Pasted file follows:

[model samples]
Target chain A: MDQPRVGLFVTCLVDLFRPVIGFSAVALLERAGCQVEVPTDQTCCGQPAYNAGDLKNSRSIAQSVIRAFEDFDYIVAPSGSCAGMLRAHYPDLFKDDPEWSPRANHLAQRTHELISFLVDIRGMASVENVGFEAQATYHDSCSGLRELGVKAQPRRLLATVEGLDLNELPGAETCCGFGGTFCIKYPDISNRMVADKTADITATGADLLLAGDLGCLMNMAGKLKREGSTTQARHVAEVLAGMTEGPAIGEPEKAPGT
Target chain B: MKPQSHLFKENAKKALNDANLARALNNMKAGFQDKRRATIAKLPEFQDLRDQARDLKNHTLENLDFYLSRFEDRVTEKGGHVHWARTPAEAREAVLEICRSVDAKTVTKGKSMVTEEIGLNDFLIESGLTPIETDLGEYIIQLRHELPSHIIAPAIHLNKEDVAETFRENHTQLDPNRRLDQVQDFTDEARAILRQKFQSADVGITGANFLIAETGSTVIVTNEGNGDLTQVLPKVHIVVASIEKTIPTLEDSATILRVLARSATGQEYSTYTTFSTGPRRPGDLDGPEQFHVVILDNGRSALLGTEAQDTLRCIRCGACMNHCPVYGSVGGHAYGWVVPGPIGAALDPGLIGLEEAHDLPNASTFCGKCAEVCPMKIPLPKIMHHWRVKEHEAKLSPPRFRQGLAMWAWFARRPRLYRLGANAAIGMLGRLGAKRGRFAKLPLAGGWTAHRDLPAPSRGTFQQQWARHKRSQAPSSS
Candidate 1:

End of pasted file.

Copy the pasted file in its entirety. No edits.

[model samples]
Target chain A: MDQPRVGLFVTCLVDLFRPVIGFSAVALLERAGCQVEVPTDQTCCGQPAYNAGDLKNSRSIAQSVIRAFEDFDYIVAPSGSCAGMLRAHYPDLFKDDPEWSPRANHLAQRTHELISFLVDIRGMASVENVGFEAQATYHDSCSGLRELGVKAQPRRLLATVEGLDLNELPGAETCCGFGGTFCIKYPDISNRMVADKTADITATGADLLLAGDLGCLMNMAGKLKREGSTTQARHVAEVLAGMTEGPAIGEPEKAPGT
Target chain B: MKPQSHLFKENAKKALNDANLARALNNMKAGFQDKRRATIAKLPEFQDLRDQARDLKNHTLENLDFYLSRFEDRVTEKGGHVHWARTPAEAREAVLEICRSVDAKTVTKGKSMVTEEIGLNDFLIESGLTPIETDLGEYIIQLRHELPSHIIAPAIHLNKEDVAETFRENHTQLDPNRRLDQVQDFTDEARAILRQKFQSADVGITGANFLIAETGSTVIVTNEGNGDLTQVLPKVHIVVASIEKTIPTLEDSATILRVLARSATGQEYSTYTTFSTGPRRPGDLDGPEQFHVVILDNGRSALLGTEAQDTLRCIRCGACMNHCPVYGSVGGHAYGWVVPGPIGAALDPGLIGLEEAHDLPNASTFCGKCAEVCPMKIPLPKIMHHWRVKEHEAKLSPPRFRQGLAMWAWFARRPRLYRLGANAAIGMLGRLGAKRGRFAKLPLAGGWTAHRDLPAPSRGTFQQQWARHKRSQAPSSS
Candidate 1: